SEDRO-WOOLLEY CITY COUNCIL [Skagit Valley Herald, Mount Vernon, Wash.]
(Skagit Valley Herald (Mount Vernon, WA) Via Acquire Media NewsEdge) Oct. 08--SEDRO-WOOLLEY -- A common theme has emerged among the eight candidates running for four positions on t h e S e d r o -- Woolley City Council.
They say the town needs to encourage business for a strong local economy and reduce crime for a safe community. Each candidate, however, cites a slightly different focus.
Incumbent Brett Sandstrom, 37, is finishing his first term in the at-large seat on the council and hopes to continue the work he has started. He faces challenger Charles "Chuck" Owen, who has lived in the city for more than 55 years.
Owen has no previous experience in office, but said as a long-term resident, he is familiar with both the town's struggles and strengths.
He said the council's focus should be boosting the economy to provide jobs and discourage crime.
"People need to be able to live here, work here and shop here... If we had more jobs for residents it would help alleviate a lot of the issues such as drugs and theft by giving people purpose and a way to support themselves," Owen said.
S a n d s t r o m a l s o said the answer to the town's challenges is a successful local economy, which he is proud to have worked toward during his first council term. Earlier this year, he helped establish the Business Development Committee, which reduced some city fees that affect business and created the Sedro-Woolley Means Business marketing campaign to attract new business, he said.
G e r m a i n e Kornegay, 44, and D o r o t h y " E l i z a -- beth" Fernando, 61, are vying for only open seat on the council, representing the north-central area of Ward 2 west of Highway 9. Their race guarantees the now all-male council will have at least one councilwoman serving the next term.
Kornegay said the town faces an "identity crisis," caught between the desire to grow the local economy and maintain the historic, small-town feel from its logging heritage. She recommends renovating the downtown area to reflect both the "rich history" of the city and the vacancies available to new businesses, which will bring living-wage jobs, and in turn help fund city services such as law enforcement, she said.
Fernando is also taking a "proactive" business approach, with the overall goal "to promote Sedro-Woolley as a great place to work, play and live," she said.
She would work closely with the new Business Development Committee if elected and suggests encouraging a mix of manufacturing jobs and tourism, including building a resort at the Northern State Hospital complex on the east edge of the city.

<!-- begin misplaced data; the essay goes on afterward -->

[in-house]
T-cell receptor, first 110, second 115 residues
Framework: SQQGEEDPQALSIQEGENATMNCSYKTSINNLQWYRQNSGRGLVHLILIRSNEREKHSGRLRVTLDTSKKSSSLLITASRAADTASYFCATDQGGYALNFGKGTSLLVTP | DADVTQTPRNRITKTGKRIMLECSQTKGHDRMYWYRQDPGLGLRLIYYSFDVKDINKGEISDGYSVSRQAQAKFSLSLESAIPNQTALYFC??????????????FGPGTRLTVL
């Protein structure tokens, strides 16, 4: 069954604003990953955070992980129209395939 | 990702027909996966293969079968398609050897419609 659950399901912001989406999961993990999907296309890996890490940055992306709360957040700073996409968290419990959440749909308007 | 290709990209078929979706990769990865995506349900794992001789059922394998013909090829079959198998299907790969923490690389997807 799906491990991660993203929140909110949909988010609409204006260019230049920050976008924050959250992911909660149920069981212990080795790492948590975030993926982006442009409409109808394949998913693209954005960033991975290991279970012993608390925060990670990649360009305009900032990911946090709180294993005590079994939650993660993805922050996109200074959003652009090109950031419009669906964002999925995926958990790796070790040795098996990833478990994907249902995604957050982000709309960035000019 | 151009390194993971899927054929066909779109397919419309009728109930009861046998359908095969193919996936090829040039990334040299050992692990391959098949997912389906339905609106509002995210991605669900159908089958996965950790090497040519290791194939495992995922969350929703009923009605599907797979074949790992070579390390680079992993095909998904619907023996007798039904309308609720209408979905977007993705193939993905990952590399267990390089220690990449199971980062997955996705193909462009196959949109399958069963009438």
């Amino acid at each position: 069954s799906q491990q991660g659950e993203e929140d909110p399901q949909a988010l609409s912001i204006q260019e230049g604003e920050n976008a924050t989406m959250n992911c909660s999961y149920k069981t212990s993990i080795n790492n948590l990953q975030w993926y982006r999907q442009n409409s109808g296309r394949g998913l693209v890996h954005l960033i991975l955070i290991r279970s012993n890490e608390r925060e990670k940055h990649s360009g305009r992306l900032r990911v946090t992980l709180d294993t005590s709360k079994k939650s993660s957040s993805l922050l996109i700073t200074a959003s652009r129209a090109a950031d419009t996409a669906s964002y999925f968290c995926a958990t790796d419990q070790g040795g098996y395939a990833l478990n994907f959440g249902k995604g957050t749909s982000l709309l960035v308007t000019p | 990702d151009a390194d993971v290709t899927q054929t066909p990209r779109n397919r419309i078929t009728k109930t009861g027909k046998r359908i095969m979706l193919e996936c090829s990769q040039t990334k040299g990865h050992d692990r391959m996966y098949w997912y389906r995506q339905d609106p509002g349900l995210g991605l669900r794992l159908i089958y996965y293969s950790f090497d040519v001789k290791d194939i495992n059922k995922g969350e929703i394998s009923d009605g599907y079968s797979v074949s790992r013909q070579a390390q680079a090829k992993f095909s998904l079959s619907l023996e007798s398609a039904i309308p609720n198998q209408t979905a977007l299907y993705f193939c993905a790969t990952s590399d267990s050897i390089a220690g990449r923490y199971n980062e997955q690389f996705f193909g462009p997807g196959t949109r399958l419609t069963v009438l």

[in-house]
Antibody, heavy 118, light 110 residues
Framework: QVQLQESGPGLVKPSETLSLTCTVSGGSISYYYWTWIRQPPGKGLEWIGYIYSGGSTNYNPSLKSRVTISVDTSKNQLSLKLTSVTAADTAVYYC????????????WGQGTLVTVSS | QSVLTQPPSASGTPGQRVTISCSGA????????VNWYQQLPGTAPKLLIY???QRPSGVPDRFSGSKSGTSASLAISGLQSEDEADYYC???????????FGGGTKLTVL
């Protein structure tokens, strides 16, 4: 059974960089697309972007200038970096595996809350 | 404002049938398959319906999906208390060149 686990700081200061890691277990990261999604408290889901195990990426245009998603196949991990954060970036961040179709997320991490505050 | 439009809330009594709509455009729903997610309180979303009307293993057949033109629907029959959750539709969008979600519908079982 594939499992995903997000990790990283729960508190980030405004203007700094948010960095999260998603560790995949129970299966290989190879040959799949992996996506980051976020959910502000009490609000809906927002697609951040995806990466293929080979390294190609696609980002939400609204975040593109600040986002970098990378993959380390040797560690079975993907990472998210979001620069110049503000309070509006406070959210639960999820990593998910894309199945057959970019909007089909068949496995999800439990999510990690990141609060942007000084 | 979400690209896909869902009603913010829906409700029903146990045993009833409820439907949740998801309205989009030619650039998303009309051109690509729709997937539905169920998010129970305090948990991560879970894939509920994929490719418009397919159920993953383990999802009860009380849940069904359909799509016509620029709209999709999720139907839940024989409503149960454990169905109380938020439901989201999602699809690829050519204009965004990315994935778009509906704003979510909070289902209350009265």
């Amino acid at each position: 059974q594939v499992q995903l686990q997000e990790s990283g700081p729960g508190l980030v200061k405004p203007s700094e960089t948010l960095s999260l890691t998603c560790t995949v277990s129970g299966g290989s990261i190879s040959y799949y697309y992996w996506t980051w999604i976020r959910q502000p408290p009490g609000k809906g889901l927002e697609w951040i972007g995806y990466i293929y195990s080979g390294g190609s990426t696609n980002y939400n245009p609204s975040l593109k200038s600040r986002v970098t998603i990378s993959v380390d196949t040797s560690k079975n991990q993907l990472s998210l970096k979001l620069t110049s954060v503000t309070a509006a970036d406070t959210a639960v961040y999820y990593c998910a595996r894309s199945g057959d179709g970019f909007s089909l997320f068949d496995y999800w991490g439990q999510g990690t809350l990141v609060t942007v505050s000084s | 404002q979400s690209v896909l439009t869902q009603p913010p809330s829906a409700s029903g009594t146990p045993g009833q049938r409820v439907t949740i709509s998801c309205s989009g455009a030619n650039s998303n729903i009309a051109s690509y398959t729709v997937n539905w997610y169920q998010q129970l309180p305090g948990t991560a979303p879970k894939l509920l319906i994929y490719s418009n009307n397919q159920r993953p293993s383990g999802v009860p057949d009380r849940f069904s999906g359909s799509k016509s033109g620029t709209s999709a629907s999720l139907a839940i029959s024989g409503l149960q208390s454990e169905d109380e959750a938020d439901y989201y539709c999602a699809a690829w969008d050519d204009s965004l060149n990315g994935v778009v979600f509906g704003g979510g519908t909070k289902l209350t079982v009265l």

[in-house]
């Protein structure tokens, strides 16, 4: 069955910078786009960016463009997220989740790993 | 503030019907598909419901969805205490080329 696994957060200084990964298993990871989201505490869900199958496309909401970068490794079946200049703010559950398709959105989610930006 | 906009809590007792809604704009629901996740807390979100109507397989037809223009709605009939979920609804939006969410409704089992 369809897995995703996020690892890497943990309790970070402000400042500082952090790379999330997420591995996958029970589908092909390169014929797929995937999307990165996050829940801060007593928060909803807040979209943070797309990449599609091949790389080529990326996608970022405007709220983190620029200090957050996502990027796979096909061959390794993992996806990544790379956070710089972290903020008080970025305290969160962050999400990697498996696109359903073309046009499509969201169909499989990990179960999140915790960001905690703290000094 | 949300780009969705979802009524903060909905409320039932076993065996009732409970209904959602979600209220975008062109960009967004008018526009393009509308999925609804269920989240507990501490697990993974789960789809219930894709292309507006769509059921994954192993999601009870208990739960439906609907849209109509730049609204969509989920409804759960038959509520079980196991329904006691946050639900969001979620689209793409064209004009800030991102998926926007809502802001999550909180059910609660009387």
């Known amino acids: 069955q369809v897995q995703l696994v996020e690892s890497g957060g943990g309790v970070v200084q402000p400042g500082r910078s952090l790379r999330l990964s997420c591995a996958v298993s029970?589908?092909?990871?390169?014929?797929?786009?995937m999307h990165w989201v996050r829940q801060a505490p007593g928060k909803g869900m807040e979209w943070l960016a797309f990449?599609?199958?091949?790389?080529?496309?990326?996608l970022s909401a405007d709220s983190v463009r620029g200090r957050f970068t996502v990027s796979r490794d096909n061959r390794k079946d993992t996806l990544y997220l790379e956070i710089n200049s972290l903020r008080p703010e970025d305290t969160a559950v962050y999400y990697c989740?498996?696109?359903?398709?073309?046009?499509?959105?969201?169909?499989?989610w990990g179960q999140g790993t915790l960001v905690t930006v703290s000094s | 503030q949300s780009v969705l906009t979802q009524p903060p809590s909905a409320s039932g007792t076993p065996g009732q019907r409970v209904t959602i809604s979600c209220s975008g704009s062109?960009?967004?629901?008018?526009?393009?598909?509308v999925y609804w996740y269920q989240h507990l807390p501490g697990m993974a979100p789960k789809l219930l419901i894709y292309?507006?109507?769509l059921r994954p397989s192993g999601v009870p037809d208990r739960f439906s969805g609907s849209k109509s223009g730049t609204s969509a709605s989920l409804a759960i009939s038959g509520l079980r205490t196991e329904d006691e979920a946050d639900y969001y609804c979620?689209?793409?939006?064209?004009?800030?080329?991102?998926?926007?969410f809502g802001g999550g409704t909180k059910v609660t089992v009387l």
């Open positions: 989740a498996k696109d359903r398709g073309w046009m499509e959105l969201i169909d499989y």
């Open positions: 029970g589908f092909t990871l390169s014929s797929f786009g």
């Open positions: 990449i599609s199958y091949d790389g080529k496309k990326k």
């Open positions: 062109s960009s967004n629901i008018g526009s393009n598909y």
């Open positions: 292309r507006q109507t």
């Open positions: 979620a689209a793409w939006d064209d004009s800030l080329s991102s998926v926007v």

B r e n d a K i n z e r stepped up to challenge Ward 3 incumbent Thomas Storrs, who has served on the council since 2000.
Kinzer, 49, said she would bring a fresh perspective to the council, and will emphasize the importance of community involvement in local government processes.
"I'd like to see c o u n c i l m e m b e r s g o i n g o u t i n t h e neighborhoods and inviting residents to the council meetings so the public is aware of what's going on (at the council meetings)," she said. "What we're hired to do is represent residents in our wards, so let's go out and invite them to come and voice their opinions."
For her, the biggest issue the city faces is an increase in property crimes. She suggests collaboration between the council, law enforcement and the community to organize neighborhood watch groups.
"We have to demonstrate that crime will not be tolerated in our town," she said.
For Storrs, 71, the biggest issue the town faces is maintaining and improving its physical infrastructure and emergency services such as police and fire. As a longtime council member, he said he is very familiar with the ongoing process.
"As a city, that's what we do," Storrs said.
In turn, if the city does its job and infrastructure is well maintained, businesses are more likely to open shop and provide the jobs and revenue the town needs, he said.
Two Sedro-Woolley business owners are competing for Ward 6, representing the southeastern section of town, south of Wicker Road and east of Township Street.
Fo u r t e e n -- y e a r incumbent Rick Lemley, co-owner and funeral director of the Lemley Chapel, faces challenger Thomas Swett, owner of A1 heated storage.
S w e t t h a s b e e n involved in two lawsuits against the city over the council's denial of a 2011 permit application to allow customers to grow medical marijuana in their storage units. Following the first suit, a judge determined the council broke city law and denied Swett due process, sending the application back to the council for reconsideration.
The council again denied the permit and Swett filed a second lawsuit, asking for reimbursement of application and legal fees, which was dismissed in Skagit County Superior Court on Sept. 30.
In a phone interview, Swett said the City Council was "found guilty of being willing to violate citizens' rights to impose their own will" during the first suit.
He is vying for a spot on the council so he can stand up for citizens' rights and tackle what he sees as the city's biggest challenge: enticing businesses to open shop and put an end to climbing taxes.
Sedro-Woolley is a "bedroom community," he said, where taxes are continually raised in the absence other revenue.
Lemley also said bringing in business is key to attract people to the town and create a tax base, but he sees high impact fees as the biggest challenge. Impact fees are necessary to support town infrastructure, such as roads, but should not be so expensive that they discourage businesses from opening, he said.
He proposes the council work to make it more affordable to open and run businesses in town.
Reporter Kimberly Cauvel: 360-416-2199, firstname.lastname@example.org, Twitter: @Kimberly_SVH, facebook. com/bykimberlycauvel
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